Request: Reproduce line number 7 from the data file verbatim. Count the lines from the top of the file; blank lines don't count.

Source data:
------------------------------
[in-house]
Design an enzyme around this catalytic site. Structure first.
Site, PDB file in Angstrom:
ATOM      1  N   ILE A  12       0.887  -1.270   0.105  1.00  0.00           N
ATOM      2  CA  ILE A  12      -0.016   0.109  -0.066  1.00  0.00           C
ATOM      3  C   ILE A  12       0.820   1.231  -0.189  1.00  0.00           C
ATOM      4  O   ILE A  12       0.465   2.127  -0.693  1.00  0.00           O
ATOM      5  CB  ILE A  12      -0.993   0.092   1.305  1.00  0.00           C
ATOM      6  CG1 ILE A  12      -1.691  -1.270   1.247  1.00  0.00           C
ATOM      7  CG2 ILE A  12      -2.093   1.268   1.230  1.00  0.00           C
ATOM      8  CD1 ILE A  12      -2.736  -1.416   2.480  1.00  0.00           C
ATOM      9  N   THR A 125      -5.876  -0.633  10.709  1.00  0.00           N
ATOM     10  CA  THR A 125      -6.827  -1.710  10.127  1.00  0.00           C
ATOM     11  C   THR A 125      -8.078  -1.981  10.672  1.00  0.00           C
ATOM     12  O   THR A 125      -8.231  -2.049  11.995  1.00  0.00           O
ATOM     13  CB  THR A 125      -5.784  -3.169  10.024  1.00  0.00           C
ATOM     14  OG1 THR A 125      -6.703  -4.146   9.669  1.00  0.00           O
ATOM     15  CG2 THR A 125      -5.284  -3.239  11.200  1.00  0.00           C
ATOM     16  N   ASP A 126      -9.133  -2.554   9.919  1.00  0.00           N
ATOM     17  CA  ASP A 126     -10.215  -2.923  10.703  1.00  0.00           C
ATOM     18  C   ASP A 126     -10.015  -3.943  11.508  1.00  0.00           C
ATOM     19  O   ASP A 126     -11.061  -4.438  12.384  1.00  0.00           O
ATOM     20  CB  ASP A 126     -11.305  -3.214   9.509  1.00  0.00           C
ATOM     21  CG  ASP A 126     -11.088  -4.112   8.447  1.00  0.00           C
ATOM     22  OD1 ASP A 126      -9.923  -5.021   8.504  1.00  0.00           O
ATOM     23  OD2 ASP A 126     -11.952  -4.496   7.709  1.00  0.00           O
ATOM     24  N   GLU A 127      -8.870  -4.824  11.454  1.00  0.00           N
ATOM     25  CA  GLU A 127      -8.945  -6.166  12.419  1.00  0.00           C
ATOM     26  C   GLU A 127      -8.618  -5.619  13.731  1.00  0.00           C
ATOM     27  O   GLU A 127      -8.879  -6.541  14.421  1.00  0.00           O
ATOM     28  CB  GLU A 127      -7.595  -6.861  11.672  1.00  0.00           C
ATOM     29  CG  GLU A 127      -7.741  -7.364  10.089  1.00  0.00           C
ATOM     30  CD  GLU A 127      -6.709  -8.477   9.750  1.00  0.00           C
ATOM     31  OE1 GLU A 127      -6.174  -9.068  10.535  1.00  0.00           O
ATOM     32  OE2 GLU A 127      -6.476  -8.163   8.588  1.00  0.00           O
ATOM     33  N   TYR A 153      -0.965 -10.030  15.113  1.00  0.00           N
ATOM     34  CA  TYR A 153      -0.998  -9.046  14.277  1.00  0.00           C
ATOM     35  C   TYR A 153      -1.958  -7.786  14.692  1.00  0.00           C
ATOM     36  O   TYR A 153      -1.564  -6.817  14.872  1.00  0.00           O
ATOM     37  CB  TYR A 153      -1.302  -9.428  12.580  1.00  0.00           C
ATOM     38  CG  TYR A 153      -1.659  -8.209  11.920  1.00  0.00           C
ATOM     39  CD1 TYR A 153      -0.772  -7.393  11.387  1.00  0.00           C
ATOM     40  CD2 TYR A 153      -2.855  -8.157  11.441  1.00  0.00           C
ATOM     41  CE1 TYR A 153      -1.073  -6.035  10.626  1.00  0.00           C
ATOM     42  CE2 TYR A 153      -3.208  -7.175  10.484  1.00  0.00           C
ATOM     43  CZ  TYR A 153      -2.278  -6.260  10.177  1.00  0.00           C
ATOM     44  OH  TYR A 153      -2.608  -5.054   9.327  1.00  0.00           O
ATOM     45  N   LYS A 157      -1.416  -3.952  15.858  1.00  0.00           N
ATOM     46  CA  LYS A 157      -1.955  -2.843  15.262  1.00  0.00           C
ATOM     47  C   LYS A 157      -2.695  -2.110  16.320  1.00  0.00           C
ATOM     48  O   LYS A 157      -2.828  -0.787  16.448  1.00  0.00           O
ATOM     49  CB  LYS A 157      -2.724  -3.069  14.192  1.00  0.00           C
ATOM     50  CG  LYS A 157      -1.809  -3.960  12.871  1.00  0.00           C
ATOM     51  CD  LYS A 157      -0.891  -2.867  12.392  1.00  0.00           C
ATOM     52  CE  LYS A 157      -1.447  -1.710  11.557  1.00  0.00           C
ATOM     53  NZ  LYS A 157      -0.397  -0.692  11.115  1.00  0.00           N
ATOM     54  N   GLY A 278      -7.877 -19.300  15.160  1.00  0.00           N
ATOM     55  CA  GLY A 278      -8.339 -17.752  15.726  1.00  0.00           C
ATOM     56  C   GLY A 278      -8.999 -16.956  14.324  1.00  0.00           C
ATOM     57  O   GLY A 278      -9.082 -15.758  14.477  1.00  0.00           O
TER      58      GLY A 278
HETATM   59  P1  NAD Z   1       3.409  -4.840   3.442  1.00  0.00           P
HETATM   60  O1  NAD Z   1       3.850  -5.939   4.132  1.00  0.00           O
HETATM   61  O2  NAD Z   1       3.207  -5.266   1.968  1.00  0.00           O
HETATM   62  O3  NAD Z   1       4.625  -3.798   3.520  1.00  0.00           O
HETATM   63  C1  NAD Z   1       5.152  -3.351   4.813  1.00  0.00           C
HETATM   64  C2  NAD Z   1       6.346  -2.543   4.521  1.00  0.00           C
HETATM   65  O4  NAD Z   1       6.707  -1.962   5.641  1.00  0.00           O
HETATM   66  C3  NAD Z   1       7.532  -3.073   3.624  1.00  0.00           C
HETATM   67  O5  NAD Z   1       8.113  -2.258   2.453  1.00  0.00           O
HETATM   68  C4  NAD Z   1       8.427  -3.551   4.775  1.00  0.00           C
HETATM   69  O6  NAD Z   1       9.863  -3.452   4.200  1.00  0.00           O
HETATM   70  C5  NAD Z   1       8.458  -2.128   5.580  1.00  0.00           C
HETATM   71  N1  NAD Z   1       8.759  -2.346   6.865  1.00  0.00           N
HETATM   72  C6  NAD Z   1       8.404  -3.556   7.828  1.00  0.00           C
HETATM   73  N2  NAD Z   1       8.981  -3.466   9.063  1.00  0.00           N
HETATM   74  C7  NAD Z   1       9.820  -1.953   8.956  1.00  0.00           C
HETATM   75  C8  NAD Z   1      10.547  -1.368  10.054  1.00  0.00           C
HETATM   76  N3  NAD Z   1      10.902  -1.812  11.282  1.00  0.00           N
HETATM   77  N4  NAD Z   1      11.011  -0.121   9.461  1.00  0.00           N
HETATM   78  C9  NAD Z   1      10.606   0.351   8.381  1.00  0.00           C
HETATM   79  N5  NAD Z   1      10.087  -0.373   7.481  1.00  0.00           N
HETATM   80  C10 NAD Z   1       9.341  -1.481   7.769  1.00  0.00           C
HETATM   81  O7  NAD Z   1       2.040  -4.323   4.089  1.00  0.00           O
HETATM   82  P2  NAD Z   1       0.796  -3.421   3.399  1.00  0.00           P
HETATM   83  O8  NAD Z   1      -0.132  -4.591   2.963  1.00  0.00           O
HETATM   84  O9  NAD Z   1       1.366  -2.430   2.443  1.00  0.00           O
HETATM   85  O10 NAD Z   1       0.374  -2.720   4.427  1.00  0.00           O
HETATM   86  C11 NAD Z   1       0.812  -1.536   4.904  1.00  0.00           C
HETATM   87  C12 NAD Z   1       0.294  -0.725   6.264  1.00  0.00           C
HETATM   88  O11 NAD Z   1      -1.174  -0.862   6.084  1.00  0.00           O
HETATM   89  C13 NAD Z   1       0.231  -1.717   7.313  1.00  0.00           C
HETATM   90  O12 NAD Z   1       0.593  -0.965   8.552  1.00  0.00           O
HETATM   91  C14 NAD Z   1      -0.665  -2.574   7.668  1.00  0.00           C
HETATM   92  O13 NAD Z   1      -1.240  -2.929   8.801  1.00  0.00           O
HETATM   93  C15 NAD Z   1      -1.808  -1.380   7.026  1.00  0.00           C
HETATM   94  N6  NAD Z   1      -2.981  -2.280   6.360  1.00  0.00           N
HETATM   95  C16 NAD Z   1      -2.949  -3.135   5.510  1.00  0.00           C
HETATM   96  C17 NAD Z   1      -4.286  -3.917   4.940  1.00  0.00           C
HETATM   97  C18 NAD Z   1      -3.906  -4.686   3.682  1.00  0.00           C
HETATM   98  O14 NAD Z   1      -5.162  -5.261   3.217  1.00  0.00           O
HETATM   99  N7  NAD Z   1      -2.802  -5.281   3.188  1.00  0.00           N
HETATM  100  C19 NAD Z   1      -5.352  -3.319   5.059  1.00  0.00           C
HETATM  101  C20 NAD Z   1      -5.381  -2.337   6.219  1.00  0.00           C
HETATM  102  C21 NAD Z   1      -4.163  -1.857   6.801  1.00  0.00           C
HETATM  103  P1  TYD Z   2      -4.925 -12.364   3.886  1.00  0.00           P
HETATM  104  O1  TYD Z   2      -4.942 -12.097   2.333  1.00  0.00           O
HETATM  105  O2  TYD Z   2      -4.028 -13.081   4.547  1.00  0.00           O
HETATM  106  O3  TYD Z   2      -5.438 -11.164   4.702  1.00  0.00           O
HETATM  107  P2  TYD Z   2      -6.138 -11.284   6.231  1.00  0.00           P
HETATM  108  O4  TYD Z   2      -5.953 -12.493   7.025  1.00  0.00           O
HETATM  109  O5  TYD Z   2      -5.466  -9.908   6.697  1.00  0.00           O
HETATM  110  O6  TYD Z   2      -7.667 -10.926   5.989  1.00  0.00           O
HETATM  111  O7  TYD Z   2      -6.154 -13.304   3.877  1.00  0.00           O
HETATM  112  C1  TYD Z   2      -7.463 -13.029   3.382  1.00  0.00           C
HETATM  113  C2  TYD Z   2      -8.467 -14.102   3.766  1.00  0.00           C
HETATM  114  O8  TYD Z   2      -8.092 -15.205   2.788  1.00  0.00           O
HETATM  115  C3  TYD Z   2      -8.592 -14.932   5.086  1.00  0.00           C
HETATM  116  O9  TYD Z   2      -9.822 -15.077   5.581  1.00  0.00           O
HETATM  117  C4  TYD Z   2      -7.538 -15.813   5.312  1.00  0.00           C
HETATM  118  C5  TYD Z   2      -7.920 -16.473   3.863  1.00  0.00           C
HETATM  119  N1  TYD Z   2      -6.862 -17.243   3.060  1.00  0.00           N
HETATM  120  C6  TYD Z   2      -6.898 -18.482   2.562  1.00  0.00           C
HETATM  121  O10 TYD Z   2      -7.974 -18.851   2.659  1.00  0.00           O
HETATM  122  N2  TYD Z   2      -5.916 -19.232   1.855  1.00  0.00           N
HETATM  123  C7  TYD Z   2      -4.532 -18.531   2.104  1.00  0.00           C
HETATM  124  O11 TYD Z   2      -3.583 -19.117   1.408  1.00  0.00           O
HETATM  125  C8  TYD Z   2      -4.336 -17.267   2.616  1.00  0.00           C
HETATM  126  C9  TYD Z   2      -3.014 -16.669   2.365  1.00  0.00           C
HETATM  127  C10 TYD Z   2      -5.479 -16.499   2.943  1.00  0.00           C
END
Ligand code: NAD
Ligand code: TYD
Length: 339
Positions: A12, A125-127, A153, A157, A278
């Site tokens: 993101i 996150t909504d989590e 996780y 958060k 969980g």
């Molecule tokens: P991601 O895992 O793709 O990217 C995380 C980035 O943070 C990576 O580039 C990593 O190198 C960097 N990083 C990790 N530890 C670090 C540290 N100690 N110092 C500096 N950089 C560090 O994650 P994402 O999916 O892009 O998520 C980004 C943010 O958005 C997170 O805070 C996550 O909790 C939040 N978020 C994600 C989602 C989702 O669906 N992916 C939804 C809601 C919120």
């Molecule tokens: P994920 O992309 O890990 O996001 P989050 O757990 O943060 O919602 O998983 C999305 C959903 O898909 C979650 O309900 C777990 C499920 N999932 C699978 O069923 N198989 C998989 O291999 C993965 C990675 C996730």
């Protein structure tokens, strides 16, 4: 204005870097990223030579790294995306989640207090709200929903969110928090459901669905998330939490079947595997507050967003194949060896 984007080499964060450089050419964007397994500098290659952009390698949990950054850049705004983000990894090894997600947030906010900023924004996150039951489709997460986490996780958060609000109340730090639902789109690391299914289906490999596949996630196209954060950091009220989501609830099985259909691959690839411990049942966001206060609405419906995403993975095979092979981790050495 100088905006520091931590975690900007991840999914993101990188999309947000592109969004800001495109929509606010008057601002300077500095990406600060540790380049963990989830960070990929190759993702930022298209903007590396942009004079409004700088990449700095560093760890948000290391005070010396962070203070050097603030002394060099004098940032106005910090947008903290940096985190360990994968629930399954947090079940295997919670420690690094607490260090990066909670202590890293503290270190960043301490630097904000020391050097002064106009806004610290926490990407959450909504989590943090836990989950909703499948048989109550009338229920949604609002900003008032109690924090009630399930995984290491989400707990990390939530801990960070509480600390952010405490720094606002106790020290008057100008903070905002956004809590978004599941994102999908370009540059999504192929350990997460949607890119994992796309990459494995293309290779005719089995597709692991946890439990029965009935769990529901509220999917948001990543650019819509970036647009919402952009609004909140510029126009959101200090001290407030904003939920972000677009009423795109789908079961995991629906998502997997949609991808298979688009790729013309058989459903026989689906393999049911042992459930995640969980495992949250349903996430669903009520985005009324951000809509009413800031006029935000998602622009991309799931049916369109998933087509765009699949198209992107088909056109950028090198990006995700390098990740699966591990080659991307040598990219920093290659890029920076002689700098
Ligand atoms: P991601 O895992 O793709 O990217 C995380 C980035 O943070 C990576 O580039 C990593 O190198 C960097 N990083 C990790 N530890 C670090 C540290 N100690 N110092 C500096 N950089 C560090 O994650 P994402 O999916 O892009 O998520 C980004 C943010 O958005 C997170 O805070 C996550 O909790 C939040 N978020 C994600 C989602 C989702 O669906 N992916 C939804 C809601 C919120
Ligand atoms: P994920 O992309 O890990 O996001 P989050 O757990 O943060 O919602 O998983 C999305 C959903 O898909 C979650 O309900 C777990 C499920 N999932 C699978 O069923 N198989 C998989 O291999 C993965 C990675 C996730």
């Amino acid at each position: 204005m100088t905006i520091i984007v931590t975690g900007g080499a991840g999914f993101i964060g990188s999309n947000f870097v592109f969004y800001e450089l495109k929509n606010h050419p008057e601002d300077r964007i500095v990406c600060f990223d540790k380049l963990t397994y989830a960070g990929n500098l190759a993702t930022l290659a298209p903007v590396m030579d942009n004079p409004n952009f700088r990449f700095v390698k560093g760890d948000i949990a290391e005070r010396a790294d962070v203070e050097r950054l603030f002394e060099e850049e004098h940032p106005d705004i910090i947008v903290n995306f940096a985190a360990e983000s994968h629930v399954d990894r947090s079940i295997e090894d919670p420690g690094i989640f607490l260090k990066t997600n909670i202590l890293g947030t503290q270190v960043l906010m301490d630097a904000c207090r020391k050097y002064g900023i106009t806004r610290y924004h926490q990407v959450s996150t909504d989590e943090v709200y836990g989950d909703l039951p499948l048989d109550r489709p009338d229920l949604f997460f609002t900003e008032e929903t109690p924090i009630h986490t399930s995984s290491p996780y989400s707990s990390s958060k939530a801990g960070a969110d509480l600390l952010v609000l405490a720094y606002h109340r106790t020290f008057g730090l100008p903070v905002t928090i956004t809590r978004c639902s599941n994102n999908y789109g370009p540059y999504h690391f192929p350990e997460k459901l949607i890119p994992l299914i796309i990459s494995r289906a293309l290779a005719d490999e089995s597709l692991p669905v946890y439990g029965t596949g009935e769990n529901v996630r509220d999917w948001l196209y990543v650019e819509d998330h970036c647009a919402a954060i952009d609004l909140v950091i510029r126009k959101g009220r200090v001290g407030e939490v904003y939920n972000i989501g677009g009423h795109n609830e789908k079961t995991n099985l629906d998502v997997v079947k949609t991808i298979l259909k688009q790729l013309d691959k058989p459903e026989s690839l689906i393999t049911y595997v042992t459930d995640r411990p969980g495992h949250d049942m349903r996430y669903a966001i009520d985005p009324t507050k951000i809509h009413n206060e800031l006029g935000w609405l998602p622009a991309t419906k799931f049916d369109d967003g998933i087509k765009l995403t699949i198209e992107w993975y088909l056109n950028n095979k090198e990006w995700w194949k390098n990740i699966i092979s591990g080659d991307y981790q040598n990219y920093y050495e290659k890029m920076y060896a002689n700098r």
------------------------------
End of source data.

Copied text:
ATOM      4  O   ILE A  12       0.465   2.127  -0.693  1.00  0.00           O